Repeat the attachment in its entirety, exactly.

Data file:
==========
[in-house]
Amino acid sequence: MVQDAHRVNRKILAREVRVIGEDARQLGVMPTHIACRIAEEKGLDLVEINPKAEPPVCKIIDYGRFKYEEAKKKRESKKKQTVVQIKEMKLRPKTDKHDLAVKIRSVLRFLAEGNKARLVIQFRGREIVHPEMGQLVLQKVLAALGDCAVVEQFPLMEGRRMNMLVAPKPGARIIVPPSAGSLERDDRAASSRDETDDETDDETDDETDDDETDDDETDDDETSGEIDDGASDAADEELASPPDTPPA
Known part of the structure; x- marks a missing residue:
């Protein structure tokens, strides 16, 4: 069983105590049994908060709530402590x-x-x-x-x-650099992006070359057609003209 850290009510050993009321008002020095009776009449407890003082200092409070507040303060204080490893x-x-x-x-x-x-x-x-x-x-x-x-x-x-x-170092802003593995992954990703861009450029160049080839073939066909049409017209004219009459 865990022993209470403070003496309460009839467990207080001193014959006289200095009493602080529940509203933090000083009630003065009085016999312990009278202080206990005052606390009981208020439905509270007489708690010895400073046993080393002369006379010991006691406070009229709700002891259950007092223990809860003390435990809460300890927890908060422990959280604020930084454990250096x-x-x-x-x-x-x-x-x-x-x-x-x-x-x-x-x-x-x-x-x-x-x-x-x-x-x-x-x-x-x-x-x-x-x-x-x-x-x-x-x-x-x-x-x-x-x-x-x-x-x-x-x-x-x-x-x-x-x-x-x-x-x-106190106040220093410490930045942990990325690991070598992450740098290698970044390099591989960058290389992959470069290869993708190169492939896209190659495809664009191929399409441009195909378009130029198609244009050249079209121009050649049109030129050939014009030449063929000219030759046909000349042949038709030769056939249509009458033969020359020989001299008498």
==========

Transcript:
[in-house]
Amino acid sequence: MVQDAHRVNRKILAREVRVIGEDARQLGVMPTHIACRIAEEKGLDLVEINPKAEPPVCKIIDYGRFKYEEAKKKRESKKKQTVVQIKEMKLRPKTDKHDLAVKIRSVLRFLAEGNKARLVIQFRGREIVHPEMGQLVLQKVLAALGDCAVVEQFPLMEGRRMNMLVAPKPGARIIVPPSAGSLERDDRAASSRDETDDETDDETDDETDDDETDDDETDDDETSGEIDDGASDAADEELASPPDTPPA
Known part of the structure; x- marks a missing residue:
């Protein structure tokens, strides 16, 4: 069983105590049994908060709530402590x-x-x-x-x-650099992006070359057609003209 850290009510050993009321008002020095009776009449407890003082200092409070507040303060204080490893x-x-x-x-x-x-x-x-x-x-x-x-x-x-x-170092802003593995992954990703861009450029160049080839073939066909049409017209004219009459 865990022993209470403070003496309460009839467990207080001193014959006289200095009493602080529940509203933090000083009630003065009085016999312990009278202080206990005052606390009981208020439905509270007489708690010895400073046993080393002369006379010991006691406070009229709700002891259950007092223990809860003390435990809460300890927890908060422990959280604020930084454990250096x-x-x-x-x-x-x-x-x-x-x-x-x-x-x-x-x-x-x-x-x-x-x-x-x-x-x-x-x-x-x-x-x-x-x-x-x-x-x-x-x-x-x-x-x-x-x-x-x-x-x-x-x-x-x-x-x-x-x-x-x-x-x-106190106040220093410490930045942990990325690991070598992450740098290698970044390099591989960058290389992959470069290869993708190169492939896209190659495809664009191929399409441009195909378009130029198609244009050249079209121009050649049109030129050939014009030449063929000219030759046909000349042949038709030769056939249509009458033969020359020989001299008498």